Eat Your Values
Heather Thomas takes you on a journey that explores food through the lenses of cultural anthropology, climatology and eco-psychology to explore how society collectively values food.
The Mindful Kitchen

Knowledge tags
International Politics
Environmental Justice
Exercise tags
Shared Learning
Course Description
When you stop and think about, one of the most conscious acts you do everyday that connects you to entire natural world, is eating. Each morsel of food is brought to you by a complex collaborative system of people, animals, plants, wind, water, sunlight, soil and billions of micro-organisms that scientists have only begun to understand. Framed that way, it is perhaps no surprise that our food system has a greater impact on climate change than the entire global transport system. What that means for the average person, is what you eat accounts for more than a quarter of your carbon footprint. Eat Your Values takes you on a journey to develop your awareness of how the choices that you make about the food you eat, are also expressions of how you value yourself as a part of nature. As we explore how the food system impacts (and is impacted by) climate change, we will also explore how the food choices that you make can be moments of activism. Yet, we all know that making change personally and contributing to change in society is not something that happens overnight. That is why in Eat Your Values we will be exploring change through the lenses of eco psychology and cultural anthropology and learning skills that support your mental wellbeing and the development of new foodie rituals (recipes included!) that help to develop new habits. “You are what you eat” will take on much richer meaning than you have ever considered before!

Unit 1 Introduction to How to Eat Your Values
We live in a geological era that archaeologists and anthropologists have defined as the Anthropocene, a time in which all aspects of natural life have been impacted by one species, the homo sapiens. Given that, it is understandable why culturally, collectively, we tend to consider the human world as something separate from nature. In the introduction to our course, you will explore how all of human life is dependent upon that natural world, we will discuss how the food we eat is produced by all aspects of nature and we will begin to set the scene for how to relate the content of this course to your life as you define your values so you can Eat Your Values. The syllabus is where you can find additional materials that expand on the topics covered in the video lecture. In this unit, the focus is on the Anthropocene and our cultural view of the natural world.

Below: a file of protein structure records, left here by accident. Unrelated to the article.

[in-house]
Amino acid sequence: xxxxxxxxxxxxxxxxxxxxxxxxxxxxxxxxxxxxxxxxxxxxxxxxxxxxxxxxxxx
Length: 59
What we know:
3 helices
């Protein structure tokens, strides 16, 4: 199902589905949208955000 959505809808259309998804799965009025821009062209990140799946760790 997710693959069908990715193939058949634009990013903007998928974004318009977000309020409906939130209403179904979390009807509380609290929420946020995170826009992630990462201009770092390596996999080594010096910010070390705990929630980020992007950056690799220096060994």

Unit 2 Food and Climate Change
Eating sustainably is something many of us aspire to do. But, what exactly does sustainable mean in the context of food? In this session, you will explore how the conventional agricultural has played a role in the creation of climate change and why local, seasonal, organic and zero waste diets that emphasize plant based foods make a difference. You will be exploring the greenhouse gas, natural resource and biodiversity impact of the food that you eat so you can make decisions about your diet and if it is a reflection of your values. Understanding why change is important is a bedrock for making personal change and influencing others. In this session, we aim not only to amplify your knowledge, but through the exercises, help you develop your own stories so you can share your knowledge with impact. Head to the syllabus for more on the topics covered in the video lecture for this unit, such as food and climate change and the true cost of avocado.
Unit 3 Food and Nature Relatedness
In this unit, you will be exploring the eco-psychological study of nature relatedness, which examines how humans identify as nature and how our identity is expressed through both our intrinsic and extrinsic values. You will learn how identity is dynamic and therefore why nature relatedness is being positioned as a process and a practice that can support emotional and mental wellbeing (and is therefore being embraced by national health services worldwide) as well as a tool for shifting cultural behaviours in a more eco friendly direction. You will learn how to practice nature relatedness through food and, in particular, you will learn a mindfulness practice called beginner’s mind. Hungry for more? When you finish watching the video lecture, check out the syllabus for some recommended readings on the connection between nature relatedness and mental wellbeing.
Unit 4 Food and Developing New Habits
How do you put what we have learned about climate change, nature relatedness, and developing new habits into practice so that you can Eat Your Values with ease? You will deep dive into two areas that are frequently targeted for behavior change: eating less meat and wasting less food. You will explore why those two issues have risen to the fore in sustainability and then practice new habit development practices that can be adapted to all areas of your life. For more on food waste, its relation to climate change and how to combat it through forming sustainable habits, head to the syllabus.
Unit 5 Food and Culture
Food rituals are a core part of all human cultures and many of the rituals that we practice today are rooted in ancient practices from times when humans read the language of nature with ease. In this session, you will learn why cultural anthropologists study rituals and look at what human food rituals were before the age of industrialised agriculture. You will look at how some of the proposed sustainable solutions to our unsustainable food system are rooted in history before exploring how weaving seasonal food rituals into your life can help to reinforce eating your values individually AND communally. For more on food cultures around the world, check out the syllabus.